Friday, March 27, 2015

Holme Circle bridge construction won't trouble neighbors much longer

This summer we wrote about the Holme Avenue Bridge, the reconstruction of which had been wreaking havoc on Holme Circle neighbors. Residents complained of poorly marked detours and overwhelming traffic, saying that PennDOT hadn't done enough to ease the burden of the construction. But peace is soon to return, the Northeast news site NEastPhilly reports today. Construction of the bridge is two months ahead of schedule and is slated to be finished by the end of October, says Harold Windisch, assistant construction engineer on site, at the Holme Circle Civic Association meeting last night. HCCA has even created a beautification committee to usher in the reopened bridge, NeastPhilly writes:

Holme Circle bridge construction won't trouble neighbors much longer

Replacement of the Holme Avenue Bridge has created havoc.
Replacement of the Holme Avenue Bridge has created havoc.

This summer we wrote about the Holme Avenue Bridge, the reconstruction of which had been wreaking havoc on Holme Circle neighbors. Residents complained of poorly marked detours and overwhelming traffic, saying that PennDOT hadn't done enough to ease the burden of the construction. But peace is soon to return, the Northeast news site NEastPhilly reports today. Construction of the bridge is two months ahead of schedule and is slated to be finished by the end of October, says Harold Windisch, assistant construction engineer on site, at the Holme Circle Civic Association meeting last night. HCCA has even created a beautification committee to usher in the reopened bridge, NeastPhilly writes:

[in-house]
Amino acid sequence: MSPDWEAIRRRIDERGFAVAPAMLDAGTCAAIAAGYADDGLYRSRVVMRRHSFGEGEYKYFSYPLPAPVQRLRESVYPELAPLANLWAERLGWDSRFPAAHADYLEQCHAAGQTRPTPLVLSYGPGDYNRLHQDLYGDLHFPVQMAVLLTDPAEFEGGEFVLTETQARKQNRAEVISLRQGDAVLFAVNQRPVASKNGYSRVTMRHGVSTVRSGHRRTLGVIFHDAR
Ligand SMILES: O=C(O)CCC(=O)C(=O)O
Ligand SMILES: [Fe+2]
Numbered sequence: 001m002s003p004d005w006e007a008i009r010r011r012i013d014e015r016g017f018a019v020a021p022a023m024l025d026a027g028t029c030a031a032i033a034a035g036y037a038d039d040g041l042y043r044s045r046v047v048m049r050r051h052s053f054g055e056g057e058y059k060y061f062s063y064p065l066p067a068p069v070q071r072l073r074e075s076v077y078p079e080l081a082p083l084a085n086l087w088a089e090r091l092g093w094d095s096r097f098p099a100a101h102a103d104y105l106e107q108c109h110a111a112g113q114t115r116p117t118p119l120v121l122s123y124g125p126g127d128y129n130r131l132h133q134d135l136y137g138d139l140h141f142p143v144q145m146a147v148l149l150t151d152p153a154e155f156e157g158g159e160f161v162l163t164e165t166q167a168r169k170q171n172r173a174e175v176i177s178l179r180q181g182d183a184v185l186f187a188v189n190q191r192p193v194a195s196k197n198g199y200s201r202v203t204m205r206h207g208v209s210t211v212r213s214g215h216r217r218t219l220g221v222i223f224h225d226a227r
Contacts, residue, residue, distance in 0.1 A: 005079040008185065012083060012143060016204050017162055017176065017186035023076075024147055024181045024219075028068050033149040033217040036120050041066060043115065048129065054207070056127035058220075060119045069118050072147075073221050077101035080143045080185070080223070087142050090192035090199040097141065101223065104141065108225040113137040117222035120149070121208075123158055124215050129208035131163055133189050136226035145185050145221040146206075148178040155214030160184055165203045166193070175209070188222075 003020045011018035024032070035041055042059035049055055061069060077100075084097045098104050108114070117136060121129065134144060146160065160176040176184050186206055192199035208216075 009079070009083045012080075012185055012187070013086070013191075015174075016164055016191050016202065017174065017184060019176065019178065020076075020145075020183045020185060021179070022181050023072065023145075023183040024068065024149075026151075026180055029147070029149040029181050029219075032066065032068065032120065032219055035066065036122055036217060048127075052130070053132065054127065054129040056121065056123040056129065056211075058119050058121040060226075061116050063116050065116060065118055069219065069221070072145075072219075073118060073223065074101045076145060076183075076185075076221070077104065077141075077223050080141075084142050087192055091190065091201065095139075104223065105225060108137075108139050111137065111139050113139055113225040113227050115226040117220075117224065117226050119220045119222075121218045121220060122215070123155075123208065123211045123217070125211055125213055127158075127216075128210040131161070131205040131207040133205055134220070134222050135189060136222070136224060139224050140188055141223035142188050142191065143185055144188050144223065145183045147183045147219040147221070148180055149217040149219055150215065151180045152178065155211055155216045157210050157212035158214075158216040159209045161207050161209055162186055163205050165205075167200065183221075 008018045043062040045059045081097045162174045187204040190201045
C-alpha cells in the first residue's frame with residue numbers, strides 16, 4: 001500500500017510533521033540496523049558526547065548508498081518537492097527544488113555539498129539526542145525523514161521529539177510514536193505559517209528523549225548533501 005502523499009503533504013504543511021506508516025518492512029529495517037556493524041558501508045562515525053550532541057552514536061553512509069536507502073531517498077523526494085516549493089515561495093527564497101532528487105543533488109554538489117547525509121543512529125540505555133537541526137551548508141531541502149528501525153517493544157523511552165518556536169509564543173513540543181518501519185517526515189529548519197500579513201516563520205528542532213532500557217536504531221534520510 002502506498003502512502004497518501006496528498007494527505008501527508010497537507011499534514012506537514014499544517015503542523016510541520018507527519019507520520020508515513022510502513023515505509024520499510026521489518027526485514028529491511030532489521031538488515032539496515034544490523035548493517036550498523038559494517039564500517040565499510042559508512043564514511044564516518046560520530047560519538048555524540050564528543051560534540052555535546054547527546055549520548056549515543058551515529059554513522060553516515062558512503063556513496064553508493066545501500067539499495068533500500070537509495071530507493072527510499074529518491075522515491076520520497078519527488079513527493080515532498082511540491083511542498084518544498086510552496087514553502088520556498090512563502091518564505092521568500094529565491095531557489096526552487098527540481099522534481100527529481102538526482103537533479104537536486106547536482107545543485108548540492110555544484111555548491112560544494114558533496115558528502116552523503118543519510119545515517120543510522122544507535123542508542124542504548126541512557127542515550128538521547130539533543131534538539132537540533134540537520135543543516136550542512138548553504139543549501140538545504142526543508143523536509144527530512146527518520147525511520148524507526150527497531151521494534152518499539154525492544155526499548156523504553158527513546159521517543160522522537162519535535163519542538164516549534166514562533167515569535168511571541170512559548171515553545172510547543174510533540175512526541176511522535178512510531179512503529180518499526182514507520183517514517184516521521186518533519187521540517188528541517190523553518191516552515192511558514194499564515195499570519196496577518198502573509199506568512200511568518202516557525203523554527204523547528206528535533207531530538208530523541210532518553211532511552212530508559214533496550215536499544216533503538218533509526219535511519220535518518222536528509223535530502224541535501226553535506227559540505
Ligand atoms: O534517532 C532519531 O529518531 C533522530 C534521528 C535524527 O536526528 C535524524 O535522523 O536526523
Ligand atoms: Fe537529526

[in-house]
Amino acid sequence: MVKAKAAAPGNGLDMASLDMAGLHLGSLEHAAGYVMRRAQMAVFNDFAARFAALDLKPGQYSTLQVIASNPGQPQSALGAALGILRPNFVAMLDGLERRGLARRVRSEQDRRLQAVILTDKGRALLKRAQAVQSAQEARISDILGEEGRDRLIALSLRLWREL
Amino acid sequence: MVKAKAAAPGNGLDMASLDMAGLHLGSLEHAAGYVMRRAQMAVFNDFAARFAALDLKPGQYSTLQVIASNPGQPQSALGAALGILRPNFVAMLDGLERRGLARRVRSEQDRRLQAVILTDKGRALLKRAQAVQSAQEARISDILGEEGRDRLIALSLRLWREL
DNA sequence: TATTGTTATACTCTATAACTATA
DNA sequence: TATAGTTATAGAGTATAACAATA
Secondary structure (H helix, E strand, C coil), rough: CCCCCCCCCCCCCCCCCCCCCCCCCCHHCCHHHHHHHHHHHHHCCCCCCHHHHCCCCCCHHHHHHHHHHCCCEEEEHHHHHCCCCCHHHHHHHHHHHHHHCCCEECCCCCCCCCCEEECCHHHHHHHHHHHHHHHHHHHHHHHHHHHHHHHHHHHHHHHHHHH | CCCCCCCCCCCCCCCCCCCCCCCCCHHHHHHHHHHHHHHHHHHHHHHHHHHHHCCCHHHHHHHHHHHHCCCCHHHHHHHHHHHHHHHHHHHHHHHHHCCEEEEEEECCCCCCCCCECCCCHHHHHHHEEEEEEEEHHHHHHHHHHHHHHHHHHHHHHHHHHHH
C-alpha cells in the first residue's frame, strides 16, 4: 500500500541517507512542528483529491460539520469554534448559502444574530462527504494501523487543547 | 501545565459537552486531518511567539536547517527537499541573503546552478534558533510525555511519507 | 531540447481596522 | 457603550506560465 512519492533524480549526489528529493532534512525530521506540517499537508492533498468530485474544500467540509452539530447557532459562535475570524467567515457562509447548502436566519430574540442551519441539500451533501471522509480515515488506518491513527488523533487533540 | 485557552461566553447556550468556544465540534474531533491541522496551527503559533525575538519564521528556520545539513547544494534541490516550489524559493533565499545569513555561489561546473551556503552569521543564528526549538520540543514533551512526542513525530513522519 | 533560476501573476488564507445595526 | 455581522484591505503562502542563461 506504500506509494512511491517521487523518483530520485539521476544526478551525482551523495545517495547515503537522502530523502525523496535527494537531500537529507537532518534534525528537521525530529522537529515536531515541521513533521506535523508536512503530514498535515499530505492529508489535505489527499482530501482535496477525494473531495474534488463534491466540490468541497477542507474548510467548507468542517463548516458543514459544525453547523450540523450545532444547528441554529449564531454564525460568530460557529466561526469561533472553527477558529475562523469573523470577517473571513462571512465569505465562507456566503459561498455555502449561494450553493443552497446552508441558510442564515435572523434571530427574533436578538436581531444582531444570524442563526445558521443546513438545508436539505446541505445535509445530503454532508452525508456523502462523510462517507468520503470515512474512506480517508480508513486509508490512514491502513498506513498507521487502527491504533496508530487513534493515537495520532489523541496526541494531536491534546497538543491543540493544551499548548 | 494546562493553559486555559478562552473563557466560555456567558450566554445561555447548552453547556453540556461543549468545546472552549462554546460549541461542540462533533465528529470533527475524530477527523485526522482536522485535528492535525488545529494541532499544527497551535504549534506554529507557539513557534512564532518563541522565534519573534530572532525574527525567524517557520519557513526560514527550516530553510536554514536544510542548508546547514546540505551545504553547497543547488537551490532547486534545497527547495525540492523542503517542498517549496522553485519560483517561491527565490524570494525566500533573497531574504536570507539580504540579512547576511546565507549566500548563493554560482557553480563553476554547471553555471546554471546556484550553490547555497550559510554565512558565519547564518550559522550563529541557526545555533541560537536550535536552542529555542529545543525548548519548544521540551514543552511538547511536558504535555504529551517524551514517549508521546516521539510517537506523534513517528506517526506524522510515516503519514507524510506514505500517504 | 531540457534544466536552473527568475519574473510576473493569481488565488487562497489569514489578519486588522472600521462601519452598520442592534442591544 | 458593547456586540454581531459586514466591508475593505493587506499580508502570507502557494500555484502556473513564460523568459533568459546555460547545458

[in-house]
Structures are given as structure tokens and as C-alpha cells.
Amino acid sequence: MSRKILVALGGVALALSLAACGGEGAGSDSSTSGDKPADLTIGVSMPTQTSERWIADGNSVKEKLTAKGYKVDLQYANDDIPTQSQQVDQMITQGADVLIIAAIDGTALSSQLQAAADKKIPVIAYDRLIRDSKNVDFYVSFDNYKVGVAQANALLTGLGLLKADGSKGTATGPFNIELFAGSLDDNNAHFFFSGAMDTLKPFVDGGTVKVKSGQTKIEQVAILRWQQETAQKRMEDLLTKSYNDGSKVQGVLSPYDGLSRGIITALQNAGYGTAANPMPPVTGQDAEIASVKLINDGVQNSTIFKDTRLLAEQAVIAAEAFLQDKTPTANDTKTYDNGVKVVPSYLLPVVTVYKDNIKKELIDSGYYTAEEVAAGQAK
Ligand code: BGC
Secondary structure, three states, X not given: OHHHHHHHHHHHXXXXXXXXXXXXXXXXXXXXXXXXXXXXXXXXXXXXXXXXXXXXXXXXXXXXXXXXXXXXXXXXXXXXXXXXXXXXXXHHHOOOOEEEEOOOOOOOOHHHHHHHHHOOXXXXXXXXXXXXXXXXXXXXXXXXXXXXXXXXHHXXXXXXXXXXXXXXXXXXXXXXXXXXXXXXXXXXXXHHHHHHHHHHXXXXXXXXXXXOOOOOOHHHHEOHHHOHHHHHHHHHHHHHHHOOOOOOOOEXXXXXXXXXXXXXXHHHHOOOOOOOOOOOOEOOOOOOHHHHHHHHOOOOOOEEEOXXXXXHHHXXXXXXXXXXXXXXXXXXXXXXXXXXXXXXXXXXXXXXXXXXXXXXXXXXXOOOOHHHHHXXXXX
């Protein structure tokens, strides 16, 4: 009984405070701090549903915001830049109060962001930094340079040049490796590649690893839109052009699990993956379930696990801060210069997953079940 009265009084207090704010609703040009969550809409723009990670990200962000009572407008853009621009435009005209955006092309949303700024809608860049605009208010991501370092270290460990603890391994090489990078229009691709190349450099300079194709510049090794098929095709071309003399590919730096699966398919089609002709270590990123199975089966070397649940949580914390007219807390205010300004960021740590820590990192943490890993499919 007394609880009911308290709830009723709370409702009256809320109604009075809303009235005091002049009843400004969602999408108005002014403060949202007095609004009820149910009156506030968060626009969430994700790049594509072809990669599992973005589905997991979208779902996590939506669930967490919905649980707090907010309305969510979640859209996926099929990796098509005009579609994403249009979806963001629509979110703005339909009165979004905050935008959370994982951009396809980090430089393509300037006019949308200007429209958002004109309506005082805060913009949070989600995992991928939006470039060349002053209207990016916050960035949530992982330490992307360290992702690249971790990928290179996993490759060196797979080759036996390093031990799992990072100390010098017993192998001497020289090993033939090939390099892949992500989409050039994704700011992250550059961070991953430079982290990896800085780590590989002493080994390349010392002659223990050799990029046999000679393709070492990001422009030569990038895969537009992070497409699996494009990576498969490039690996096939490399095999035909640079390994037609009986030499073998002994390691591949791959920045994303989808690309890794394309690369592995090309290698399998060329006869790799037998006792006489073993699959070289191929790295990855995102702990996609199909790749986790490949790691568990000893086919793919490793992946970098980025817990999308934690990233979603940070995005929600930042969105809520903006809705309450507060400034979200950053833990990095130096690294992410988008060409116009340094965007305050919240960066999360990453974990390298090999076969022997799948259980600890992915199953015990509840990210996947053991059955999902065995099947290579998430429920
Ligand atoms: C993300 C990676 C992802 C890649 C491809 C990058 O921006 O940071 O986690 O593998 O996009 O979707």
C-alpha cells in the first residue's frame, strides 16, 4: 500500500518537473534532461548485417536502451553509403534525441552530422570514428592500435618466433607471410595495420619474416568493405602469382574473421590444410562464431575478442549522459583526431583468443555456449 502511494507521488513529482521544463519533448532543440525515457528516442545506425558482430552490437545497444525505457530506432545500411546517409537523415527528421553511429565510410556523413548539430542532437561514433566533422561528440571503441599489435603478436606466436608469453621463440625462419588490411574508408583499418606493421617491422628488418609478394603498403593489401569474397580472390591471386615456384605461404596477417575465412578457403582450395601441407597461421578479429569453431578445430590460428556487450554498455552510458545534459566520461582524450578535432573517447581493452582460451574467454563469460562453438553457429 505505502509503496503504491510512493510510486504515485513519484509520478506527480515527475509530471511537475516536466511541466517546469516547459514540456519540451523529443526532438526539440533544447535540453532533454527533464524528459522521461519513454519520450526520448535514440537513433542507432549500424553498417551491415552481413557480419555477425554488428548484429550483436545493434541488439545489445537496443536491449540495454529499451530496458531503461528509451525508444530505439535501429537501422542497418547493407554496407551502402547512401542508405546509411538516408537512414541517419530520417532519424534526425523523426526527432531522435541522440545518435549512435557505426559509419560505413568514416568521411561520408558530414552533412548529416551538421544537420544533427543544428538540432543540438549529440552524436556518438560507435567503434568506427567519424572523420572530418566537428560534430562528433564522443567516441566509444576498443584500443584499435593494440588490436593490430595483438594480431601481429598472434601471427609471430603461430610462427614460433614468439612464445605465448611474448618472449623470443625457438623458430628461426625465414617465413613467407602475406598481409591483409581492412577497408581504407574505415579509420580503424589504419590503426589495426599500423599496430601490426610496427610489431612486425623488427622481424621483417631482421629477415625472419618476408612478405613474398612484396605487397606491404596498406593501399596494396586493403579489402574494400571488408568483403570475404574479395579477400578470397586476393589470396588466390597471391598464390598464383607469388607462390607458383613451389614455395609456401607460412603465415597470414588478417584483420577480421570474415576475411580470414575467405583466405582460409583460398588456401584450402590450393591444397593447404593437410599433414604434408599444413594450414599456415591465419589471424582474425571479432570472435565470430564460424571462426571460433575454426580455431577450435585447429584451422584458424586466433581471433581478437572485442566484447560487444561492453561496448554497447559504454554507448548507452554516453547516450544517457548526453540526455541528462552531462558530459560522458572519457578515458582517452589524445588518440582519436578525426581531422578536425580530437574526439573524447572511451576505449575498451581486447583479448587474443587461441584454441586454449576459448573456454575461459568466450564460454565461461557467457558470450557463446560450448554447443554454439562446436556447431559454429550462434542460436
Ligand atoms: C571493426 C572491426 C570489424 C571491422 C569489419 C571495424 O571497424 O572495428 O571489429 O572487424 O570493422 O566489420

HCCA President Joe Razler explained the association has also formed a committee to beautify the circle in conjunction with the end of construction. Those lanes will be repainted and the HCCA wants to install neighborhood signs similar to the one at the Winchester Park entrance.

Help Desk is happy the neighbors of Holme Circle can get back to their normal routines.

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Every year, city government spends slightly more than $4 billion. Where does all that money come from? More importantly, where does it go? Are we getting the most bang for our tax buck? “It's Our Money” is a joint project between Philadelphia Daily News and WHYY, funded by the William Penn Foundation, designed to answer these questions.

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